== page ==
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2018 Xiaomi Mi Box S

Firstly, it is an actual box and that might dissuade some consumers from purchasing and especially if the cheaper, sleeker and easier to hide Fire TV Stick or Roku Stick is next to it on the shelf.

Secondly, the Mi Box has been plagued with issues during its lifetime. The device has gone through multiple revisions over the last couple of years but hardly a day passes where there's not Mi Box owners somewhere in the world, complaining about something. Complaints just seem to come with the Mi Box territory these days.

Thirdly, the Mi Box is once again a third-party product and that once again raises the issue of updates. This is another area that has already proven problematic with the Mi Box in the past and there's no current reason to suggest that's about to change anytime soon. Put simply, if you want fast and frequent and decent updates then you're better off buying the NVIDIA SHIELD even though for that luxury you're suddenly looking at paying twice, if not three times the price.

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2017 NVIDIA SHIELD TV

Again, we come back to price as this is Android TV's real Achilles heel.

While there are some options available in set-top box form (and now also dongle form), the sheer majority of Android TV access points come down to more expensive purchases. This is either through a provider that wants to sell you a service for access to their box, or through the direct purchase of something like a TV powered by Android TV.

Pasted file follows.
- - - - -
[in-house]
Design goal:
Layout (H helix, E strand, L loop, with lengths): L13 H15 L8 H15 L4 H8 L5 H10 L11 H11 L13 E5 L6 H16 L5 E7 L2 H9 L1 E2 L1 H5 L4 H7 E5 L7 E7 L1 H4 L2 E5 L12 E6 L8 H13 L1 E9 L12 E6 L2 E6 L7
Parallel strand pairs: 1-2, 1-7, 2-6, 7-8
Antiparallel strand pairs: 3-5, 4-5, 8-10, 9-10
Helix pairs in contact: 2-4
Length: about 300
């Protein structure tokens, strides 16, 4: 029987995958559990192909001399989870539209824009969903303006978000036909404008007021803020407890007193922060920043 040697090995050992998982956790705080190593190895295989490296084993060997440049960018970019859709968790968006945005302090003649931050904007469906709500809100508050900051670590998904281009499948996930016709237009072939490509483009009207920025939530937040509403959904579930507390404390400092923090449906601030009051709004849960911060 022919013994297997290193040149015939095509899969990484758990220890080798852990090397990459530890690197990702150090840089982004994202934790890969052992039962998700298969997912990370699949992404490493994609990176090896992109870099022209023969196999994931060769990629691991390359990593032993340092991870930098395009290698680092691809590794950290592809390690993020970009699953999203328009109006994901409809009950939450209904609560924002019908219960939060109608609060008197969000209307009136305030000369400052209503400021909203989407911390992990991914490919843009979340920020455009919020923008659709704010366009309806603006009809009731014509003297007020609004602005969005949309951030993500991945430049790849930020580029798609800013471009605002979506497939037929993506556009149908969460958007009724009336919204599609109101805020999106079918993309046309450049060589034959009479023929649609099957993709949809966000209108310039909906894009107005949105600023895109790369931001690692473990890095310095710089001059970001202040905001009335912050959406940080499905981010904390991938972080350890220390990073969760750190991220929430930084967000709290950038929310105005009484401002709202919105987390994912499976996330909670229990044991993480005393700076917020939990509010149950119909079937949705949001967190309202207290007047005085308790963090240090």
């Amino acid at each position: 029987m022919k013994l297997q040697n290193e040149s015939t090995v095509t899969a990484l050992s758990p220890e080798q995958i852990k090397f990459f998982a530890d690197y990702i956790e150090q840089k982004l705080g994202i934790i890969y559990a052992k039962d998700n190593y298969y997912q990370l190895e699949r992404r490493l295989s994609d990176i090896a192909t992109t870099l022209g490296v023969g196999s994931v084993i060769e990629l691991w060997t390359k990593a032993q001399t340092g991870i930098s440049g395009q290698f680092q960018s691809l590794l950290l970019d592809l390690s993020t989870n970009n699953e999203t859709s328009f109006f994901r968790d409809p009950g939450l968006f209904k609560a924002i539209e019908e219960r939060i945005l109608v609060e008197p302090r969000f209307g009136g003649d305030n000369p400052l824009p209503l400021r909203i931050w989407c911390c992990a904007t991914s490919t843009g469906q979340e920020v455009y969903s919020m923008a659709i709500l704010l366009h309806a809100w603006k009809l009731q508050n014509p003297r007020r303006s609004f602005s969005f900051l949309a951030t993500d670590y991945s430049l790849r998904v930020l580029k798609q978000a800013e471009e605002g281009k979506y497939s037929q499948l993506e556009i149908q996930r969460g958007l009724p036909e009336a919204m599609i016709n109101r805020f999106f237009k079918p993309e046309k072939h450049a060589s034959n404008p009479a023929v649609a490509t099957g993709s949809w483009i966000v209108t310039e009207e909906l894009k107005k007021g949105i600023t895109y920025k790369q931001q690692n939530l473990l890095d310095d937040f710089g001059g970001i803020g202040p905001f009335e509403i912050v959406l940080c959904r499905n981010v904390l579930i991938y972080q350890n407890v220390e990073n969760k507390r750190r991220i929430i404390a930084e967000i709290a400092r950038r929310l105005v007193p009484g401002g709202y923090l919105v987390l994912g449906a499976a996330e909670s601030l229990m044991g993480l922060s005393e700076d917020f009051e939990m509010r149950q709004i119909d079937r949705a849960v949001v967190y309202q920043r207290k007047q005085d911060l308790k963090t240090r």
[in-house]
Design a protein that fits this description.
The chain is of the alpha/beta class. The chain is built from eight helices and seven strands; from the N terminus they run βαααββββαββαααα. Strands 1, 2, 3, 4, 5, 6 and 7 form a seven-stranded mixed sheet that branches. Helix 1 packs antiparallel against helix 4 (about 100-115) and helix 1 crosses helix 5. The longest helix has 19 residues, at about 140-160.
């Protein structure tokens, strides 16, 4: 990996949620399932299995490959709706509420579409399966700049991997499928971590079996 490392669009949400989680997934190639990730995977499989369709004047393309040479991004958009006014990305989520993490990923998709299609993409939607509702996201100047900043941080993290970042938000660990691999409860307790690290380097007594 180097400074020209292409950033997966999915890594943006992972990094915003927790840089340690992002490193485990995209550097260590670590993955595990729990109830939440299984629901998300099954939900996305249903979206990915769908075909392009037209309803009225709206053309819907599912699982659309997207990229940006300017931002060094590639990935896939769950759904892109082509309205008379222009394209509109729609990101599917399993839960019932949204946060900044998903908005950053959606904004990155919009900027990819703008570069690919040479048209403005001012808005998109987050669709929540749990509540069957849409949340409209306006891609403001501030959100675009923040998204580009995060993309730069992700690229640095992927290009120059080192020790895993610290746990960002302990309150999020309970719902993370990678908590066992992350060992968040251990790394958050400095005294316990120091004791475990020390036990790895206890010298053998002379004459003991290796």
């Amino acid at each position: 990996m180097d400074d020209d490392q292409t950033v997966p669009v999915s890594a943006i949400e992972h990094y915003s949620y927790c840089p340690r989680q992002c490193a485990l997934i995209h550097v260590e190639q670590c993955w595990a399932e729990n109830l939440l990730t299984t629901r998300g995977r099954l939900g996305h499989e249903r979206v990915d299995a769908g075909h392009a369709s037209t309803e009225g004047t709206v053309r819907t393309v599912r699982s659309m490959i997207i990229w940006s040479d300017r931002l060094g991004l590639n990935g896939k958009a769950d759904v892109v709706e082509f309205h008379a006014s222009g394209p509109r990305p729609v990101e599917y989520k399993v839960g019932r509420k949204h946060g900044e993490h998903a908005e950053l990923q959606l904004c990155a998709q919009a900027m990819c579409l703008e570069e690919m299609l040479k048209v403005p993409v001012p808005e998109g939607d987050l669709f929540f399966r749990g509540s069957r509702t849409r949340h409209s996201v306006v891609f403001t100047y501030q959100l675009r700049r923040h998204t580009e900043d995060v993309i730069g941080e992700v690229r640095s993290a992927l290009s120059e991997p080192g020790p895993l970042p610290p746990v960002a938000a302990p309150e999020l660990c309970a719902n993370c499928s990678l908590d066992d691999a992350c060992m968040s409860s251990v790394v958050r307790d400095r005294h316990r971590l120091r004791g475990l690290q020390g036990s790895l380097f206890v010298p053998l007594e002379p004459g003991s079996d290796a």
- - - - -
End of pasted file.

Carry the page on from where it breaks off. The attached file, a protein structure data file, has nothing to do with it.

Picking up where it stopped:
Google had somewhat looked to fix this issue by thinking outside the box (literally) and looking at ways where Android TV can be included in less typical devices with the JBL Link Bar a prime example. The problem here is that the JBL Link Bar happens to be an equally prime example of just how unfortunate and depressing the Android TV market can be considering the product has taken an age to arrive to market.

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Not that it actually matters in this conversation as although you now can buy the JBL Link Bar, it will cost you twice the price of the NVIDIA SHIELD, which in itself is twice the price of the AirTV Mini, which in itself is currently twice the price of the Fire TV Stick or the Roku Stick. Again, we come back to price and we always will. Price is one of Android TV's most fundamental problems right now and something that is only intensified when you factor in the experience as the cheaper a device seems to be on this platform (within its device category), the weaker the experience also seems to be.

The reality is, until Google decides to properly back Android TV through the release of a consumer available, first-party device, the issues of price, stability and/or future support will always be in effect.

Unfortunately, Google seems 100-percent disinterested in releasing its own Android TV device commercially. Instead, prioritizing "customers" it can sell its platform product to as a service for them to use with their devices.

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The same cannot be said for Amazon or Roku. While they also licence out the OS for use on third-party devices Amazon and Roku are still one of, if not the largest hardware vendor on their respective platforms.

Maybe, just maybe, that's why the real battle for TV users is between Amazon and Roku… with Google and Android TV firmly sitting and watching from the sidelines.